Logo symbols (also known as brand markings or pictorial marks) are graphical icons, symbols, or images that represent the identity or activity of the brand. Typically, these types of logos symbolize a real-world thing. Some of the most effective logos employing symbols are those that immediately convey the brand's identity. Consider what will represent your brand if you opt to go with a graphical logo. Do you want it to be an exact reflection of your name, like Apple? It can also be utilized to gently suggest the ideals or message of your brand. Notice, for instance, how Twitter's bird represents hope and freedom by facing upwards. Finding the ideal image for your logo symbol might be difficult, especially if your brand is new. Not only are you likely to expand, evolve, and add the latest items over time, but it may also take people some time to remember your logo and associate it with your brand. Consider adding your name to the logo in this instance (see combination marks below).
In addition to selecting a symbol that evolves with your brand, a crucial logo design tip is to guarantee that your design is ageless. While it may be tempting to design a trendy and "of the moment" illustrative logo, you do not want to have to produce a new logo a few months later to remain relevant.
A benefit of employing these types of logos is that they aid in establishing a powerful tone of voice. Once your organization becomes well-known, a well-designed logo symbol can become quite memorable.
Shell, Apple, Twitter, Target, Instagram, Snapchat, and Major League Baseball are examples.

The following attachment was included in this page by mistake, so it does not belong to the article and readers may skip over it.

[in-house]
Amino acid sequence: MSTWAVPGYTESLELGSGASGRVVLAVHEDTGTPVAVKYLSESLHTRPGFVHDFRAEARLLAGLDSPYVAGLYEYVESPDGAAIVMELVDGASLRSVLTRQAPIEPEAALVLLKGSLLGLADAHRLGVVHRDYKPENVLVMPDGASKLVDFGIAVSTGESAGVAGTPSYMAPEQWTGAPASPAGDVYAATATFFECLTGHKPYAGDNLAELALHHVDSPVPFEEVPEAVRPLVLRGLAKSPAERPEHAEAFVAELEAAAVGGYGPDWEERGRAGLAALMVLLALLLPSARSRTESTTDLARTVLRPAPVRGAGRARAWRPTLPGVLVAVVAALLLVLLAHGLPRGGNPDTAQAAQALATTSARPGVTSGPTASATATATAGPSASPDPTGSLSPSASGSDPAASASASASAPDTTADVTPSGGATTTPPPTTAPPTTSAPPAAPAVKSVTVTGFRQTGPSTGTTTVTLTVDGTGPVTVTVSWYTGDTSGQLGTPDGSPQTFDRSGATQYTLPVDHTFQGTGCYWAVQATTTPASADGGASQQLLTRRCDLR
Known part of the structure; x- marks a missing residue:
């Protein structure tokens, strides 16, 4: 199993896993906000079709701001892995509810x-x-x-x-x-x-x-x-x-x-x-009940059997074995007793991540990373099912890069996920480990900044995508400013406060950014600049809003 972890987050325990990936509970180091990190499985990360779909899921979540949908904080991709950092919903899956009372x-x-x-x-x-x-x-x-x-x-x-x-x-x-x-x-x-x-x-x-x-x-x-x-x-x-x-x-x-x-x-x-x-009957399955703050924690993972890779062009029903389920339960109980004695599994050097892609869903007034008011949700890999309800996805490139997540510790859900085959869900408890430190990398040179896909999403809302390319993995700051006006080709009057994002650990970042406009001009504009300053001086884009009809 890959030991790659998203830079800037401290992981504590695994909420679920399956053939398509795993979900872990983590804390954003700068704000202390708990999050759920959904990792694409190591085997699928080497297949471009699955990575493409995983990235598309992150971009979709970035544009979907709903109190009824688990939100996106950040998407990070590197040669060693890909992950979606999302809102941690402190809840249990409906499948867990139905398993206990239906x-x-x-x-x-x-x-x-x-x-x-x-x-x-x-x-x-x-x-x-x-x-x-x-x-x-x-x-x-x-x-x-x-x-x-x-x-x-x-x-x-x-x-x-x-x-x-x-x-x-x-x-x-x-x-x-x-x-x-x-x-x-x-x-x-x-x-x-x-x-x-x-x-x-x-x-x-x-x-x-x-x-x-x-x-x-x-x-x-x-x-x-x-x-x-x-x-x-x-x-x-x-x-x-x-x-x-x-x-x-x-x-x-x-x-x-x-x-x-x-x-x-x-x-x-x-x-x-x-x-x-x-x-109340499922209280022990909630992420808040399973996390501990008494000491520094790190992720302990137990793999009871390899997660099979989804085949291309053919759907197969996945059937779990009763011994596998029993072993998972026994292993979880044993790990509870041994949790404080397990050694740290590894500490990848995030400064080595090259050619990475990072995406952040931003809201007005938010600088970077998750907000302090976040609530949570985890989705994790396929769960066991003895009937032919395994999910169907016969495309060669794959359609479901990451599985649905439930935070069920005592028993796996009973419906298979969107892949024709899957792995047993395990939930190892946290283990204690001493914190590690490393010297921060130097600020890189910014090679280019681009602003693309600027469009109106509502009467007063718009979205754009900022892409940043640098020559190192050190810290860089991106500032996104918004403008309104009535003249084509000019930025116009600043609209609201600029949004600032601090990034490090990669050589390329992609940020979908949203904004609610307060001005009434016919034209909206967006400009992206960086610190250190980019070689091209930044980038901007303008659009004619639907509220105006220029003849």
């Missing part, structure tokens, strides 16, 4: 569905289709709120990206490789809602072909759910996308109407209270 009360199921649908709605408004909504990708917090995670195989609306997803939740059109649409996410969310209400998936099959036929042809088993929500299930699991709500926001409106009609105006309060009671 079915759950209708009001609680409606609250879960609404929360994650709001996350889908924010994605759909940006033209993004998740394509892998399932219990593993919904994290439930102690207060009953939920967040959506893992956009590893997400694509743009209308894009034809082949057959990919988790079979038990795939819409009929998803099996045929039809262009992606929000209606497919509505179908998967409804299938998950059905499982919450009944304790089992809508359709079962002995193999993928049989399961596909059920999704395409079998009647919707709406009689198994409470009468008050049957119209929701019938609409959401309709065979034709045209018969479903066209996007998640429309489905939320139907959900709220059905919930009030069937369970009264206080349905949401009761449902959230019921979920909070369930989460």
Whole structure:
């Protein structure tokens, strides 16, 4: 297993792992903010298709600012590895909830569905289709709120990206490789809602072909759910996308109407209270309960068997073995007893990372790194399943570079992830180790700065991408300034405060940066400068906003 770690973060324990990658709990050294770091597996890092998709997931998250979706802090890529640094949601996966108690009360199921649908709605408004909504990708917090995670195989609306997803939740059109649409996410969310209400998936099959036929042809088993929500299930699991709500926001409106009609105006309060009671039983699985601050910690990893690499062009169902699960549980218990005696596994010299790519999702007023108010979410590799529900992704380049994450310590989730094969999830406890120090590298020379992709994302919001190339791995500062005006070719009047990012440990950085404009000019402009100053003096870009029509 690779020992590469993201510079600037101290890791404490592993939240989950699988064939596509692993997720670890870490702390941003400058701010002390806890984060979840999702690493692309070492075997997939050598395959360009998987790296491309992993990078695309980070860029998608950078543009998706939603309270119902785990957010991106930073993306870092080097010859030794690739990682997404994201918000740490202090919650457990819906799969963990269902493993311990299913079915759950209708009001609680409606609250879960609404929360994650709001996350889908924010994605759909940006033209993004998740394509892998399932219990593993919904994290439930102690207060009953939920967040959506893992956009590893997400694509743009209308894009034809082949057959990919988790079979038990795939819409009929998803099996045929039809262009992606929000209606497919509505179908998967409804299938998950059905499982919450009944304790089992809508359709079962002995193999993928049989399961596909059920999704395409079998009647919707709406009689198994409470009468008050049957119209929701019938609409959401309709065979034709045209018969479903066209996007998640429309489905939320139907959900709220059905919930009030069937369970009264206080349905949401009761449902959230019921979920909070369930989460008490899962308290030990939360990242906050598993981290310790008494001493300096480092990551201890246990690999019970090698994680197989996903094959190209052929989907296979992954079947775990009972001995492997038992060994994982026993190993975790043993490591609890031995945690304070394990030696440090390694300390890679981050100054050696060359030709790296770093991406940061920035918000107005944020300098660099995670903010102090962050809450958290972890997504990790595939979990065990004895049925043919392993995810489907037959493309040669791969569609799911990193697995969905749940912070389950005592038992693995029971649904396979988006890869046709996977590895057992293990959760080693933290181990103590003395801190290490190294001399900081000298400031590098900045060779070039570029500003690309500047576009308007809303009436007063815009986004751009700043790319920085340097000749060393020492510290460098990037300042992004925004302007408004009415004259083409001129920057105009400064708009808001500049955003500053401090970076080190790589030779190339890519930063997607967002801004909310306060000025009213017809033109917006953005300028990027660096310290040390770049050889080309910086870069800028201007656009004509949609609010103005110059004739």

- Abstract logo marks: -
These are image-based logos that incorporate abstract forms to convey a company's brand. In contrast to pictorial logos, which depict a physical item, abstract logos are more metaphorical. Since they do not depict a single recognizable object, abstract logo marks allow you to develop something truly distinctive. If you use this sort of logo, you should emphasize your brand's key values. Experiment with reflecting them in a basic, geometric shape that evokes the appropriate feelings and messages. In addition to resembling the letter 'A', for instance, Airbnb's logo is suggestive of the recognizable 'location' sign and is an abstract representation of an upside-down heart. If you decide to create this style of a logo, ensure that your brand identity is established and that you know precisely what you want to communicate to your audience. In addition, an abstract logo mark may be ideal for multinational firms whose names do not translate effectively between languages.
Airbnb, Chanel, Nike, the Olympics, Google Drive, Adidas, and Pepsi are among the examples.
- Mascots: -
Mascot logos consist of graphical characters that serve as "ambassadors" or visual representations of a business. If they fit the brand's essence, they can be anything from fictional characters to actual people. People have a natural affinity for other individuals and fictional characters, which makes mascots a useful tool for fostering consumer engagement. You can also employ a mascot to create a pleasant, lively atmosphere that will appeal to your audience, which is why children's and family-oriented businesses frequently use this style of logo. Consider whether a mascot is appropriate for your business and, if so, how you might utilize it to convey the right message. Mascots can be useful in creating social media and marketing initiatives because of their welcoming and engaging nature. Note, however, that they are frequently comprised of more features than a typical logo, and so may require a simplified version for small dimensions, such as favicons and business cards.
Examples: Mr. Peanut by Planters, Cap'n Crunch, Tony the Tiger by Kellogg's, and the Michelin Man by Michelin.
- Emblems: -
Typically, emblems, also known as badge logos, resemble crests. They use text and symbolic imagery to create elaborate, conventional designs.